A dozen Senate Democrats are pushing federal legislation that would require child-proof bottles for the liquid nicotine used in e-cigarettes.
The legislative push comes after a sharp uptick in calls to poison control centers. "These liquid nicotine products look and smell like candy and soda and other kinds of attractive products to kids and therefore there's a high likelihood that they will get into them," said Amy Hanoian Fontana of the Connecticut Poison Control Center at UConn Health.
In 2010, Hanoian Fontana said there were zero calls reporting liquid nicotine poisoning. This year, there have been 19 statewide. That's a small percentage of the Center's total calls, but Hanoian Fontana said the upward trend is national. "It's really concerning because it's growing in popularity and people just don't realize how deadly it could be," she said.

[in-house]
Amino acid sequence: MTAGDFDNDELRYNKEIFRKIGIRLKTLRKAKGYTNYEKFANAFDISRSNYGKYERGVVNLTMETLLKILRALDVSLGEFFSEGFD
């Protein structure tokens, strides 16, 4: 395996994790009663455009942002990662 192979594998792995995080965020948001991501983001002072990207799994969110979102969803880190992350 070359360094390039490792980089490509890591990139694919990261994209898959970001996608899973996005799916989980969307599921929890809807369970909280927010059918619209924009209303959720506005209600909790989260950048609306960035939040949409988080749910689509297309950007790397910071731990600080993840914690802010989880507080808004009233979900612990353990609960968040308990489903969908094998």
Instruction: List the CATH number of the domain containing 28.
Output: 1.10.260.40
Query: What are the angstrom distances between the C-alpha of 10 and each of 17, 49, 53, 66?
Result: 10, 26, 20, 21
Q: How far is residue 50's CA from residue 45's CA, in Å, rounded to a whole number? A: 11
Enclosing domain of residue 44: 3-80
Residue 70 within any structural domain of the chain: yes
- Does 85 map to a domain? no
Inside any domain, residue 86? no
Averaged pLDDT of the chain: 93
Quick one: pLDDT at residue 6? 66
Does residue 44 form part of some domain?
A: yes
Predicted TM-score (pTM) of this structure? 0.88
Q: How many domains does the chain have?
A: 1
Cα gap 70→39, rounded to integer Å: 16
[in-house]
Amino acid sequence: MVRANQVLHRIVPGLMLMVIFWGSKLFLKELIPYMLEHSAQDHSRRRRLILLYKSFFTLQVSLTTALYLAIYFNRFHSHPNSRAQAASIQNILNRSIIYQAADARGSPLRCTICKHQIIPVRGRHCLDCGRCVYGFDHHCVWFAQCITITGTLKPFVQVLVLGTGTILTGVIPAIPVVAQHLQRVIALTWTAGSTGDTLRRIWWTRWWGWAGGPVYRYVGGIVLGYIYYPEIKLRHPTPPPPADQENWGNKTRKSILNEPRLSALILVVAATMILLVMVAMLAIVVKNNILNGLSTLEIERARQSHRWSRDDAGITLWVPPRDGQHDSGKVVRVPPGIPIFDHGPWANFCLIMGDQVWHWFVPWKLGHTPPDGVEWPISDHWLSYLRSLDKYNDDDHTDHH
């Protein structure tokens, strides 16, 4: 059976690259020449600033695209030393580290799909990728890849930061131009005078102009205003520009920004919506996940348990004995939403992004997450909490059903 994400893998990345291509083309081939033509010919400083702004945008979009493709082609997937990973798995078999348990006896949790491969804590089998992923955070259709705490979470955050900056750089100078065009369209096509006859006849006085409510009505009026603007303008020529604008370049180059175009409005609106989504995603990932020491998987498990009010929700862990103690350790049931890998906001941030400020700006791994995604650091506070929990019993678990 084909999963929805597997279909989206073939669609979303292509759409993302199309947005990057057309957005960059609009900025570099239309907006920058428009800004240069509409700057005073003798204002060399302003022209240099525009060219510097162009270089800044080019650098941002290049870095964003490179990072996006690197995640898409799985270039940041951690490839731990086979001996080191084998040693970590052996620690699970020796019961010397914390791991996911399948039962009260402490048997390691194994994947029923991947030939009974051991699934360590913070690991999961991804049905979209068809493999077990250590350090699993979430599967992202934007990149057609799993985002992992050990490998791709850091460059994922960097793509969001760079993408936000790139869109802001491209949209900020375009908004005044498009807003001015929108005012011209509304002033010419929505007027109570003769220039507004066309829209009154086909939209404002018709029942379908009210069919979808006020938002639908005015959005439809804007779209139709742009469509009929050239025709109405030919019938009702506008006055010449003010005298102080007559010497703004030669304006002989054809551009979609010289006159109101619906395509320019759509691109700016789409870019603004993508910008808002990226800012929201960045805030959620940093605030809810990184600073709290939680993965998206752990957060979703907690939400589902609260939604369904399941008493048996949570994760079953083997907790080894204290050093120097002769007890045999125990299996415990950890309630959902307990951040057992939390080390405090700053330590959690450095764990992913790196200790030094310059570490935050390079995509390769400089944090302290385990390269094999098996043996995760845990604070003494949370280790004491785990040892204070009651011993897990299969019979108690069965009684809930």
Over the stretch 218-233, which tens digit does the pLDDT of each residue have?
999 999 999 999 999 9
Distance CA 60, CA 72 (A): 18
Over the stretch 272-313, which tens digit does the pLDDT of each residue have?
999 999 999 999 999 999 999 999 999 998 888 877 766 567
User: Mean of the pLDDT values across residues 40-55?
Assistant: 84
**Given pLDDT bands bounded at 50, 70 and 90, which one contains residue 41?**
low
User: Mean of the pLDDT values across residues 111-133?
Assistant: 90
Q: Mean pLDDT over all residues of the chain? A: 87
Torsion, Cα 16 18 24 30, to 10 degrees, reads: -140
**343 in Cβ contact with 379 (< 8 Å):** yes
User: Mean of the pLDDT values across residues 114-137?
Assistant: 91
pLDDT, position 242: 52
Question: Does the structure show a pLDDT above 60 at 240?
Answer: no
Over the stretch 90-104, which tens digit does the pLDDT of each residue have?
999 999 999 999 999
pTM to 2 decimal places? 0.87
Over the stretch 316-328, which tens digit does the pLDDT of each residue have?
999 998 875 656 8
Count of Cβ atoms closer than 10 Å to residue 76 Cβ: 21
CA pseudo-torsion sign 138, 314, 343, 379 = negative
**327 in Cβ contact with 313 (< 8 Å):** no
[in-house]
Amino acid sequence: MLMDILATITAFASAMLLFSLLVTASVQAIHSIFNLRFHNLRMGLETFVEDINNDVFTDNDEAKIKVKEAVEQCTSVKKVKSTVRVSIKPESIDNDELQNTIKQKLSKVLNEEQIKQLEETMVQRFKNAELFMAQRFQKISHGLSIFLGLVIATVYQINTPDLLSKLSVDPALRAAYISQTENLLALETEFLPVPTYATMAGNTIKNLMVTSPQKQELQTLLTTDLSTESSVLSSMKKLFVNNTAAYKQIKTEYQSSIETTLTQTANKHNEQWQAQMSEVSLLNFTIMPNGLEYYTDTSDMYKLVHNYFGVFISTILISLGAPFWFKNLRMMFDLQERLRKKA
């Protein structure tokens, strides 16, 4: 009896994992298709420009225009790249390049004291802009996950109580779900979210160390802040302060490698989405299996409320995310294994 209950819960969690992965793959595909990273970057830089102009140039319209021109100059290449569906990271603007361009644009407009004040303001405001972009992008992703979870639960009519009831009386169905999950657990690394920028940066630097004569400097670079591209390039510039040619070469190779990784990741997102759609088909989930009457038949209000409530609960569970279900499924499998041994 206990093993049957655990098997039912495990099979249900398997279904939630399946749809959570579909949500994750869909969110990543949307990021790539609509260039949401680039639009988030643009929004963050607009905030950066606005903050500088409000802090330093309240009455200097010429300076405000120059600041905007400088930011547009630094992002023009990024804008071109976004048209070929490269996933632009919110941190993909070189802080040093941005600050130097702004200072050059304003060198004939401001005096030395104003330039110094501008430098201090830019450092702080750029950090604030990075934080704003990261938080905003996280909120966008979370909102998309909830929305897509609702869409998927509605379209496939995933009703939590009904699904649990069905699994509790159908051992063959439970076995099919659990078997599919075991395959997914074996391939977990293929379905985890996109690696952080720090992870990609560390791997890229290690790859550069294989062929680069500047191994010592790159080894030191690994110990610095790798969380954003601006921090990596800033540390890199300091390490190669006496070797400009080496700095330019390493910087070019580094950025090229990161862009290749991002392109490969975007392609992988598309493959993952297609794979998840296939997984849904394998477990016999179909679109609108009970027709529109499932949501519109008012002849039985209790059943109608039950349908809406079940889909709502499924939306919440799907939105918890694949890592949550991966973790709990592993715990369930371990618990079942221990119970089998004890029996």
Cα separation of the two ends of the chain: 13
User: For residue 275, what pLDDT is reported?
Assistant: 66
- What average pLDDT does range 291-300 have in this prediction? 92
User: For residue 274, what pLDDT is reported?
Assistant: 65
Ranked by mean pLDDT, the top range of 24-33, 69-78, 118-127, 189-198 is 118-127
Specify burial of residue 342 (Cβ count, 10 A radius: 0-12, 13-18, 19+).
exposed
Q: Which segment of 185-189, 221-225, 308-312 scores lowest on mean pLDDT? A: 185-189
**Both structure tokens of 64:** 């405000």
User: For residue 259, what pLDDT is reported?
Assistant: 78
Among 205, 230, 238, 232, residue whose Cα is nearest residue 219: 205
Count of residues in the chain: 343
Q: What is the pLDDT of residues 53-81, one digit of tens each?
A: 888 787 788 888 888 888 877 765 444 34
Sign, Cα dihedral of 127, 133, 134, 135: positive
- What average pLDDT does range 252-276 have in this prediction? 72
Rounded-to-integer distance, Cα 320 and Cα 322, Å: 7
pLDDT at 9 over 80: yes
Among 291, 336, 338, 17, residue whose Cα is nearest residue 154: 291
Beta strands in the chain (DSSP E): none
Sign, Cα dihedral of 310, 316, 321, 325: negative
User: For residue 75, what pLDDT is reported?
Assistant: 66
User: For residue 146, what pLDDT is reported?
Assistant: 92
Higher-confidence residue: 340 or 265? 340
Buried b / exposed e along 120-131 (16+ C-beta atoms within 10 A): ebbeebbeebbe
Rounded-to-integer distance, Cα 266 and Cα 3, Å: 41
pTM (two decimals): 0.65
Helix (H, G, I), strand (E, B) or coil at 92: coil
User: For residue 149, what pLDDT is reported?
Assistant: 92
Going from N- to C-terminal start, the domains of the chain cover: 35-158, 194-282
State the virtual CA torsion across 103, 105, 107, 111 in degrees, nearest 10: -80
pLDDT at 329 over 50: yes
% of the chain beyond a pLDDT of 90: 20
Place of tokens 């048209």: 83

Hanoian Fontana said liquid nicotine poisoning could cause vomiting, tremors, and even seizures. "Senator Blumenthal has introduced the Child Nicotine Poisoning Prevention Act of 2014, which really advocates that there's safe packaging around e-cigarettes and liquid nicotine," she said.
Other state officials have demanded regulations including a ban on selling flavored nicotine products. The battery-powered devices allow users to inhale vapor from a heated liquid nicotine solution. The bill is currently in review in the Senate.
This report contains information from the Associated Press.